Thomas v. Mims, 317 F. Supp. 179 (S.D. Ala. 1970)

US District Court for the Southern District of Alabama - 317 F. Supp. 179 (S.D. Ala. 1970)
September 3, 1970

317 F. Supp. 179 (1970)

Lillian W. THOMAS, Plaintiff,
v.
Lambert C. MIMS, as Mayor and Commissioner of the City of Mobile, Alabama; Richard L. Smith, as Clerk, City of Mobile, etc.; Albert Brewer, as Governor of the State of Alabama; MacDonald Gallion, as Attorney General of the State of Alabama, etc., Defendants.

Civ. A. No. 5702-69.

United States District Court, S. D. Alabama, S. D.

September 3, 1970.

*180 E. Graham Gibbons, Mobile, Ala., for plaintiff.

Walter S. Turner, Asst. Atty. Gen., Montgomery, Ala., William H. Brigham, City Atty. City of Mobile, James W. Goodloe, Asst. City Atty., Mobile, Ala., for defendants.

 
OPINION AND DECREE

PITTMAN, District Judge.

Plaintiff seeks to have Act No. 287, approved May 5, 1965, Acts of Alabama, Special Session, 1965, Vol. 1, p. 395,[1] declared void for being in violation of the due process clause and the equal protection clause of the Fourteenth Amendment to the United States Constitution. The Act is a general act of local application, that is, by its terms it has general application, but because of population restrictions it applies only to Mobile.[2] The Act requires that candidates for municipal office in Mobile pay a filing fee equal to 2% of the annual salary of the office they seek.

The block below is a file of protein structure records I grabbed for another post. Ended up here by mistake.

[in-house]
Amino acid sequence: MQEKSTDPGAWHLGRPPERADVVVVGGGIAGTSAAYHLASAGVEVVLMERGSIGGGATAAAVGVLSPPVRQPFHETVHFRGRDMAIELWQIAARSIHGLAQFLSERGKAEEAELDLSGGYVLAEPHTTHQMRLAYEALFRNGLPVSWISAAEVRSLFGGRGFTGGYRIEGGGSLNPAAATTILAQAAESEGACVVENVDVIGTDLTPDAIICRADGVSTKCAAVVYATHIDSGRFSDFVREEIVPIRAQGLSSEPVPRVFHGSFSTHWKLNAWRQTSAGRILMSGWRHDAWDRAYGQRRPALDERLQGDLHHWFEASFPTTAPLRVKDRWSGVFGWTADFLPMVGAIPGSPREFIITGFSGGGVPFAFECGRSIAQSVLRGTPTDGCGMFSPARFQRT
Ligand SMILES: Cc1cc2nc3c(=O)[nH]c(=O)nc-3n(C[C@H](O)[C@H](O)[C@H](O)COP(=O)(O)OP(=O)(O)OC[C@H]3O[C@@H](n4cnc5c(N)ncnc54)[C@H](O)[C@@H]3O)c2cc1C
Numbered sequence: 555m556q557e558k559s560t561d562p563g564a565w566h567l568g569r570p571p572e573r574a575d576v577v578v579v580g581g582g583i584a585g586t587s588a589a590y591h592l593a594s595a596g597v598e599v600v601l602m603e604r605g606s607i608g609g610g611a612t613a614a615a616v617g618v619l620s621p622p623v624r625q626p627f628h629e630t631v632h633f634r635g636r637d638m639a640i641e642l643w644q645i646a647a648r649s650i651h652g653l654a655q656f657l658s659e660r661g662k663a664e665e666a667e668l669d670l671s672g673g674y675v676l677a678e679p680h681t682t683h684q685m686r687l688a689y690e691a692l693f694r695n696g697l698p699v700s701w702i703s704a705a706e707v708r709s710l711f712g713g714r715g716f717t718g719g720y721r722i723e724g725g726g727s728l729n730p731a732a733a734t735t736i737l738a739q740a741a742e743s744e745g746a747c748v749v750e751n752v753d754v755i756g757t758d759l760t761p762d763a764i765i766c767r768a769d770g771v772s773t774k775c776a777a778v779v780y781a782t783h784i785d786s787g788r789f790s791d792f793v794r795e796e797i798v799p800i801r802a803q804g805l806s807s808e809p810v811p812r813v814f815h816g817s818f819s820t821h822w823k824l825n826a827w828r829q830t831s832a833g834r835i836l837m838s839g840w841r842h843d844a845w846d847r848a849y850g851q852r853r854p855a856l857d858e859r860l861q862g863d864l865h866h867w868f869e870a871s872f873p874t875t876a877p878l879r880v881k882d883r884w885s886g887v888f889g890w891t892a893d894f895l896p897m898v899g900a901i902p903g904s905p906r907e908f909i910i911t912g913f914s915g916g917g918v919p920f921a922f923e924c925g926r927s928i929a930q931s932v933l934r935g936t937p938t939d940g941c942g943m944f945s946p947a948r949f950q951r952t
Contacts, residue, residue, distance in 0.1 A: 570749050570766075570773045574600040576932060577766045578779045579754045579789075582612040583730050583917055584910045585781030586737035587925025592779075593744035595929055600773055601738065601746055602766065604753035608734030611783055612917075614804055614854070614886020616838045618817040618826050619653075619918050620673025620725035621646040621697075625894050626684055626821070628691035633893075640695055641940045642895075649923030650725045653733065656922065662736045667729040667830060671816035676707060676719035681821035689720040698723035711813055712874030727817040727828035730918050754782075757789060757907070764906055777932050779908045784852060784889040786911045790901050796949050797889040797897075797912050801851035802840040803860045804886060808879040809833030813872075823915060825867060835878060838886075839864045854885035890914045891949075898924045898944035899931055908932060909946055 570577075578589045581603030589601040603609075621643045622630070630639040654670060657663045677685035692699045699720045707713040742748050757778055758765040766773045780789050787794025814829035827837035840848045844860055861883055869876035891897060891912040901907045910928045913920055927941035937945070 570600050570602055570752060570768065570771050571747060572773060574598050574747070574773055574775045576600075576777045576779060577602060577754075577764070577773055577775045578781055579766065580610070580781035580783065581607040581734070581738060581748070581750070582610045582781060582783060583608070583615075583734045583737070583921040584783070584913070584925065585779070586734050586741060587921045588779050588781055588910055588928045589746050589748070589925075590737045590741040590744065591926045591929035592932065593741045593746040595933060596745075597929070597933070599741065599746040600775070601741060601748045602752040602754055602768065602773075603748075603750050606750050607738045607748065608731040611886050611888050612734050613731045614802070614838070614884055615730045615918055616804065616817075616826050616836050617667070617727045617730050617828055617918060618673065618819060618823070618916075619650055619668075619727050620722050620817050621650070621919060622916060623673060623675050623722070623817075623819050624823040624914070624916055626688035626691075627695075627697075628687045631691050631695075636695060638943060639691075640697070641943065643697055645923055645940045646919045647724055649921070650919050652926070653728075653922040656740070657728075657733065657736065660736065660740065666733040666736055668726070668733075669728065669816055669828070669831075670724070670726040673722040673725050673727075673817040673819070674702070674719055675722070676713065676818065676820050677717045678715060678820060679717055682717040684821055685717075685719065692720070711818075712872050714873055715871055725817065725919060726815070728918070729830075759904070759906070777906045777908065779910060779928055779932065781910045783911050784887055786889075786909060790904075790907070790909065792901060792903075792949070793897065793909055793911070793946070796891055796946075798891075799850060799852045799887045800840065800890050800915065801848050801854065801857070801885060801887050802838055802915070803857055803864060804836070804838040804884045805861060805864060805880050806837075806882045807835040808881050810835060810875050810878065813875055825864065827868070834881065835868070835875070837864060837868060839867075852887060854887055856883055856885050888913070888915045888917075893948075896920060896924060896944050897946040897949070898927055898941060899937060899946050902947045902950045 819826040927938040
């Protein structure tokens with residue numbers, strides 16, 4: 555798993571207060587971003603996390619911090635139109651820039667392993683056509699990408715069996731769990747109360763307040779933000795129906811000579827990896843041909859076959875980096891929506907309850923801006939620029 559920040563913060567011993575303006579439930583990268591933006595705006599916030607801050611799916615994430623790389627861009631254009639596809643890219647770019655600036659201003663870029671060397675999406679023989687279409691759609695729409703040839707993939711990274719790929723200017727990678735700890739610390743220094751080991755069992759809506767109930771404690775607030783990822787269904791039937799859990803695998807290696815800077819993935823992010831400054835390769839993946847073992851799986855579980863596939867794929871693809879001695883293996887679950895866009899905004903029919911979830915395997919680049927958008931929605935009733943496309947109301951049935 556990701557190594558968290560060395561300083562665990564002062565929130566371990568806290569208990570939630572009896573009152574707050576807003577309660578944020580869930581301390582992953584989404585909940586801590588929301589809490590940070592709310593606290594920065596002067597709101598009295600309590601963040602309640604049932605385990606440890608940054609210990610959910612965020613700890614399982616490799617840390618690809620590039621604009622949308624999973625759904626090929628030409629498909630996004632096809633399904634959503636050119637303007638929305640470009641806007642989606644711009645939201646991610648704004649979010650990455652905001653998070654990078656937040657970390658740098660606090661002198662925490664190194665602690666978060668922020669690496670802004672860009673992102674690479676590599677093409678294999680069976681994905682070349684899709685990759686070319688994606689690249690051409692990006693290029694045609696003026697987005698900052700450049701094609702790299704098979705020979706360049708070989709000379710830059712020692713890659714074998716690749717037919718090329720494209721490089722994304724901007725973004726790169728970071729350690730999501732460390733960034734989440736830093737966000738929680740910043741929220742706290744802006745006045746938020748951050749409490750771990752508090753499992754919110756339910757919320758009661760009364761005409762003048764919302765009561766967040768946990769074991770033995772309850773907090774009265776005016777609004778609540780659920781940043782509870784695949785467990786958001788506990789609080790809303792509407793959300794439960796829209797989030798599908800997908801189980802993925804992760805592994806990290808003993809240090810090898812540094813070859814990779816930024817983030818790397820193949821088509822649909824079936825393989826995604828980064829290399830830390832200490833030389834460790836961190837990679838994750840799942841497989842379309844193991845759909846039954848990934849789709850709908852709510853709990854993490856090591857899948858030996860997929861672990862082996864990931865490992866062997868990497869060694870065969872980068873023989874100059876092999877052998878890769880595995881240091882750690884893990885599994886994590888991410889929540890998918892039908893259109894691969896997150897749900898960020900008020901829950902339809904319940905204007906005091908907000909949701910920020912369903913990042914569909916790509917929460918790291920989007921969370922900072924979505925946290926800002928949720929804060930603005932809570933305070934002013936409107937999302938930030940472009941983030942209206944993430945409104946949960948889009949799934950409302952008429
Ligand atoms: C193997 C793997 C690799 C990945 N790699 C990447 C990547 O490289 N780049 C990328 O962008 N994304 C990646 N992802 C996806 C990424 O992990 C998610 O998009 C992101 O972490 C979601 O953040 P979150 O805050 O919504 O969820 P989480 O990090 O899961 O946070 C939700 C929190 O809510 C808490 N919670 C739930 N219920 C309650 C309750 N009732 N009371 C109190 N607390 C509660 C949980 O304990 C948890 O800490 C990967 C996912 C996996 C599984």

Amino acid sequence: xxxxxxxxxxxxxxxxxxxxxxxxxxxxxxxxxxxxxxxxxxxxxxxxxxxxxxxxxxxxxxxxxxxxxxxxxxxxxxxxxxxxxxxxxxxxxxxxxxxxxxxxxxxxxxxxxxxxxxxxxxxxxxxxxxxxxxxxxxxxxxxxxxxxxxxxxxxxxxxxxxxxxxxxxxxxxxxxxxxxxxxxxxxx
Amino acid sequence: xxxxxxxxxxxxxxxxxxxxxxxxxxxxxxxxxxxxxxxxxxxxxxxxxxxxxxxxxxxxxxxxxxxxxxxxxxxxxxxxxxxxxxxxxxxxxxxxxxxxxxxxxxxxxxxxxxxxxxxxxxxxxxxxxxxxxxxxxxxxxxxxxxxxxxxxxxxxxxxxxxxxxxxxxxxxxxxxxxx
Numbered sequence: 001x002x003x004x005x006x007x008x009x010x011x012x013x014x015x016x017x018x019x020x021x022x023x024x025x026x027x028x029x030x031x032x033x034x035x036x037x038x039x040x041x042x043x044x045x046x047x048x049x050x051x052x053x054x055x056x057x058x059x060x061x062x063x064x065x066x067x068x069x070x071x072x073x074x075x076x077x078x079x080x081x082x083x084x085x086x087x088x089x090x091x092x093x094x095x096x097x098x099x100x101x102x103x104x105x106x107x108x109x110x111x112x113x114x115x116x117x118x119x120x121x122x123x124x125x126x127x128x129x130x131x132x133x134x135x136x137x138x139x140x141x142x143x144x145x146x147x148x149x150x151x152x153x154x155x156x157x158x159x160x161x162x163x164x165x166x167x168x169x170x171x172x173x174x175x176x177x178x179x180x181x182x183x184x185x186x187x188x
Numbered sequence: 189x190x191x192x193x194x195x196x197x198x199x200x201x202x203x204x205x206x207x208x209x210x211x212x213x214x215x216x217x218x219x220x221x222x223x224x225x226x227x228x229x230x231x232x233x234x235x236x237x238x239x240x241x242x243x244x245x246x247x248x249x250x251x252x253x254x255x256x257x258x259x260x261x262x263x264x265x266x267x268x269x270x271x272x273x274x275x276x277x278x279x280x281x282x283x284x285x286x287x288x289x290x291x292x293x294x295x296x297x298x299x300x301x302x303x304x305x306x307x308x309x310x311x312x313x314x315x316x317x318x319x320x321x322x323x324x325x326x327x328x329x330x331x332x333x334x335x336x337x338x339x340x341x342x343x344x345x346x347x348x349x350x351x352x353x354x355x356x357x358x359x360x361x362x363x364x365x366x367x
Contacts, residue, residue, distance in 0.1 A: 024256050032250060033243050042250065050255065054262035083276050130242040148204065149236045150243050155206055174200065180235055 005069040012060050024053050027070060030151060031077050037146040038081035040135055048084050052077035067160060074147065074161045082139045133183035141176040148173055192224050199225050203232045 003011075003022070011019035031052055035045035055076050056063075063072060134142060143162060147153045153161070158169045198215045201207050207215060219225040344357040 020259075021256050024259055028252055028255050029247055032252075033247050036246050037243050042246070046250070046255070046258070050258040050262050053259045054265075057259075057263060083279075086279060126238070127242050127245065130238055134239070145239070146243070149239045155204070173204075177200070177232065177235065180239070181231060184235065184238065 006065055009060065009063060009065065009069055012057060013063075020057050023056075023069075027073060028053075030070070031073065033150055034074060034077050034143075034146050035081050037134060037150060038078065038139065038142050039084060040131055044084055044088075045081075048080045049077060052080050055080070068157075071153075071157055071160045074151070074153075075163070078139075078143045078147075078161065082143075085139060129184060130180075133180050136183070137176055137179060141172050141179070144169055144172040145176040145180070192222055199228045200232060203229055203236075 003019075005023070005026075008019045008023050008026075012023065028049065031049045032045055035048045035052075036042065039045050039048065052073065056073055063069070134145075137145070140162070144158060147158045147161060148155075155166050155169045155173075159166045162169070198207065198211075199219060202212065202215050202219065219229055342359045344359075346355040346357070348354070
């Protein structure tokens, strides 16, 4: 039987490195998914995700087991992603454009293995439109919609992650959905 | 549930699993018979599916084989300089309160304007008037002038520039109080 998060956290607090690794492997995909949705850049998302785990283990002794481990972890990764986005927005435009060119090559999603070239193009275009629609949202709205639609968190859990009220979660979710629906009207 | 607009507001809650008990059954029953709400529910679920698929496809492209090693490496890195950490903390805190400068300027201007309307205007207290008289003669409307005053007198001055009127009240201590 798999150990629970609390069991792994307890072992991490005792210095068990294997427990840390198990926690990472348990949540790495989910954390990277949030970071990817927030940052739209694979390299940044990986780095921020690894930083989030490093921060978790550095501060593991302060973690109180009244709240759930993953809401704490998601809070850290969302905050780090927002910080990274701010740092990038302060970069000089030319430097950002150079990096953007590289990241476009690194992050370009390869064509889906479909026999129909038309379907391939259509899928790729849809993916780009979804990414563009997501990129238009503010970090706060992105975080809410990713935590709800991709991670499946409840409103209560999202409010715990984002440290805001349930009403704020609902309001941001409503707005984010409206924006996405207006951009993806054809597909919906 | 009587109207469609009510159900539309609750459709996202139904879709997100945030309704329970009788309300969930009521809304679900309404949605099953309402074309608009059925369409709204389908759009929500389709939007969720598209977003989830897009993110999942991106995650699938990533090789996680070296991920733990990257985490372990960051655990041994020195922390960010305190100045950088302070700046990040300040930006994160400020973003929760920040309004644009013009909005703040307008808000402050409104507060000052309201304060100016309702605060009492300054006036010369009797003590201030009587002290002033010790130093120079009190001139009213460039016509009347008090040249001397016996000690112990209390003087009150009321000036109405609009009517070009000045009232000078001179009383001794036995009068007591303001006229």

Plaintiff submitted, on July 17, 1969, the qualification papers indicating her intention to run for Mobile City Board of Commissioners, Place Number Three. She also tendered a check drawn in the amount of $300.00 which was the required filing fee, being 2% of the $15,000 annual salary paid members of the Board. The City refused to accept the check because of a restriction on it, that it would be honored by the bank only, "When the U. S. Attorney General rules that the City's Qualification Fee is constitutional," and plaintiff's name was omitted from the ballot for the city election held August 19, 1969. The present action was commenced on October 3, 1969.

Plaintiff contends that the statute violates the Fourteenth Amendment in that the amount required is arbitrary and excessive; and, because filing fees are, per se, unconstitutional restrictions on the right to vote and to seek public office.

Dealing first with the question of excessiveness, this court is unwilling to say that, if filing fees are permissible, $300.00 is an excessive amount. See Wetherington v. Adams, 309 F. Supp. 318 (N.D.Fla.1970); Bodner v. Gray, *181 129 So. 2d 419 (Fla.1961). Nor will this court hold that a fee of 2% of the salary is arbitrary, unreasonable, or exorbitant. The court notes there are cases holding it is arbitrary to set the fee as a percentage of the annual salary, e. g., Kelso v. Cook, 184 Ind. 173, 110 N.E. 987 (1916). This court is not so persuaded.

Turning now to plaintiff's Fourteenth Amendment claims, the court notes that they fall into two basic categoriesdue process and equal protection.